BROOKLINE (CBS) — The Brookline Town Meeting passed a petition that would allow legal immigrants the right to vote in municipal elections.
On Wednesday night, Town Meeting members in Brookline overwhelmingly approved a petition that would let legal immigrants there vote in local elections.
The petition would need the approval of state lawmakers before it would become official.
“National discourse for immigrants promotes suspicion and fear,” said Rebecca Stone, a Town Meeting Member. “I want Brookline to express its sense of value to the legal immigrants that make up the fabric of the town.”
“People who are here legally and working and owning homes and paying property taxes are the governed,” Stone explains, “And I think they have every right to have representation in their local government.”
Stone said the decision would only affect up to 1,500 people in Brookline.
And while who will be able to vote in the future is at issue, some locals are upset over who already voted on this topic. Critics don’t like the fact that only Town Meeting members, about 240 people, voted on this issue.
They think the whole town should have had a say.
Stone says that since Town Meeting members are, themselves, elected by the people, their vote is already a representation of the whole town.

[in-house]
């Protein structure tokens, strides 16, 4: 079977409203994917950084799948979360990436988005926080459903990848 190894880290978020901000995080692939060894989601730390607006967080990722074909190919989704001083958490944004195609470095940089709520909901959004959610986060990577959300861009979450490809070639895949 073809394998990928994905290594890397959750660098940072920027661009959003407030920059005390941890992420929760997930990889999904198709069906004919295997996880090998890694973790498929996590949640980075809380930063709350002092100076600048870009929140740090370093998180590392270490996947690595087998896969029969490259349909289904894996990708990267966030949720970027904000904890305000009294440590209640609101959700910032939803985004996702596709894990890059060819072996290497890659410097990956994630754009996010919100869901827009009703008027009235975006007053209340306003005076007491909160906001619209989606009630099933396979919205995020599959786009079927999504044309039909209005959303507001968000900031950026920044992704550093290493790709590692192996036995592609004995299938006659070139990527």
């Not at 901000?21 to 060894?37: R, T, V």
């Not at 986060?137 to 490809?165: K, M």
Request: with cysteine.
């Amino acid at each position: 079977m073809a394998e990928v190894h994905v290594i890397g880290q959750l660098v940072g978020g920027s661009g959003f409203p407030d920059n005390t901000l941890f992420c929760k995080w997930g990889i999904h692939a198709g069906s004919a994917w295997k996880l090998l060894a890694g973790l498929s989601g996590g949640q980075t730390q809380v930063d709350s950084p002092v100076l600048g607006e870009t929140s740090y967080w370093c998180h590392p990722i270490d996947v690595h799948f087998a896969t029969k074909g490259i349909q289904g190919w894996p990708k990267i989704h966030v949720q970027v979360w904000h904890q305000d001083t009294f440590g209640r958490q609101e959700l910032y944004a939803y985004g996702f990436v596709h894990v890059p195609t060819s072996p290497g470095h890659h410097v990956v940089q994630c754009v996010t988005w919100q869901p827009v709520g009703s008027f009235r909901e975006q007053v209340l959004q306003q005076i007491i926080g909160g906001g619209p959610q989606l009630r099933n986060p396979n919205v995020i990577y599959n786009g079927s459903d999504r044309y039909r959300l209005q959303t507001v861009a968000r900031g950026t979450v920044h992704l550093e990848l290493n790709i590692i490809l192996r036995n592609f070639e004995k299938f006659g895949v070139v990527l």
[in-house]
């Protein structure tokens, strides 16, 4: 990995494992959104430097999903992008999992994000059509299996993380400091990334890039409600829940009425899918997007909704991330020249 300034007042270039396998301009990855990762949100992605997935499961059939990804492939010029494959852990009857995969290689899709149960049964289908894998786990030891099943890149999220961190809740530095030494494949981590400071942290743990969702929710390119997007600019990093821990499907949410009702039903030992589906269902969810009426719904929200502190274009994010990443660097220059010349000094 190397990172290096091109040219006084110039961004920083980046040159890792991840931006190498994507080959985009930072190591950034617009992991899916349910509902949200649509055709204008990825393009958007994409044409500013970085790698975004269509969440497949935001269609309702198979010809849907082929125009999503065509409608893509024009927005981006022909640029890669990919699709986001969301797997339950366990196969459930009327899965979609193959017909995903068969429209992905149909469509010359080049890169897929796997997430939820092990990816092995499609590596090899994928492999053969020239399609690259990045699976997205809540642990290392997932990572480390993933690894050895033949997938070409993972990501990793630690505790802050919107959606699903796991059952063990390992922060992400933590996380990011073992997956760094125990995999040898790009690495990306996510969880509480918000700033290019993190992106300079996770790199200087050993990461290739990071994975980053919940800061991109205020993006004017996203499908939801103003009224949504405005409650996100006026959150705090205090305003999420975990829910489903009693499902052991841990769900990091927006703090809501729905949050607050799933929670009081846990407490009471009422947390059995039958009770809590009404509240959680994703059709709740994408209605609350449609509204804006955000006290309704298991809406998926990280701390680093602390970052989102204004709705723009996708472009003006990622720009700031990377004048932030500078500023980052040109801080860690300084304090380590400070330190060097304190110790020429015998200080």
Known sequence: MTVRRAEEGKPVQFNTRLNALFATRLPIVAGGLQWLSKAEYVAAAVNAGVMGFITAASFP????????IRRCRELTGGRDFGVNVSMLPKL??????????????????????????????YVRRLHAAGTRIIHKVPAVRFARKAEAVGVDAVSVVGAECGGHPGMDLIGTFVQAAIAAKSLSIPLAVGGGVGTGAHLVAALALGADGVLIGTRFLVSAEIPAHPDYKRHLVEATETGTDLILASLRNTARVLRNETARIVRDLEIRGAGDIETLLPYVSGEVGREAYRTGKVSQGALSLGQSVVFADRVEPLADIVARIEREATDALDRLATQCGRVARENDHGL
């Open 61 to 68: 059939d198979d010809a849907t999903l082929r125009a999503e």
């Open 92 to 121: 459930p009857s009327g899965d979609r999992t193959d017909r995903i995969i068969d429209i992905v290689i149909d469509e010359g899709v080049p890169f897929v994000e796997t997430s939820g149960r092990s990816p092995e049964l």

If voters disagree, she says, they can hold members accountable the next time they run for office.
The home-rule petition was passed without an amendment that would’ve put the issue on the local ballot.
Town Meeting member Stanley Spiegal said allowing voters to pass the petition would’ve made the issue “more palatable at the State House.”
The state legislature has turned down similar home-rule petitions in Newton, Cambridge, and Amherst.
State Representative Jeffrey Sanchez, whose district includes part of Brookline, expects that this attempt will meet the same fate as those before it.
Reached by telephone, Rep. Sanchez commented, “I am not optimistic. I am always hopeful that everyone will see the light and see the value that all immigrants have to the Commonwealth. But I am not optimistic.”
Town Meeting member Stone is realistic about the situation, too. But, she adds, “It was important for Brookline to make the statement, to say that we wanted to do this, and to leave it to the legislature to say that it wasn’t important enough to them not to actually act on it. If that’s the way they feel, so be it. We can hold them accountable, too.”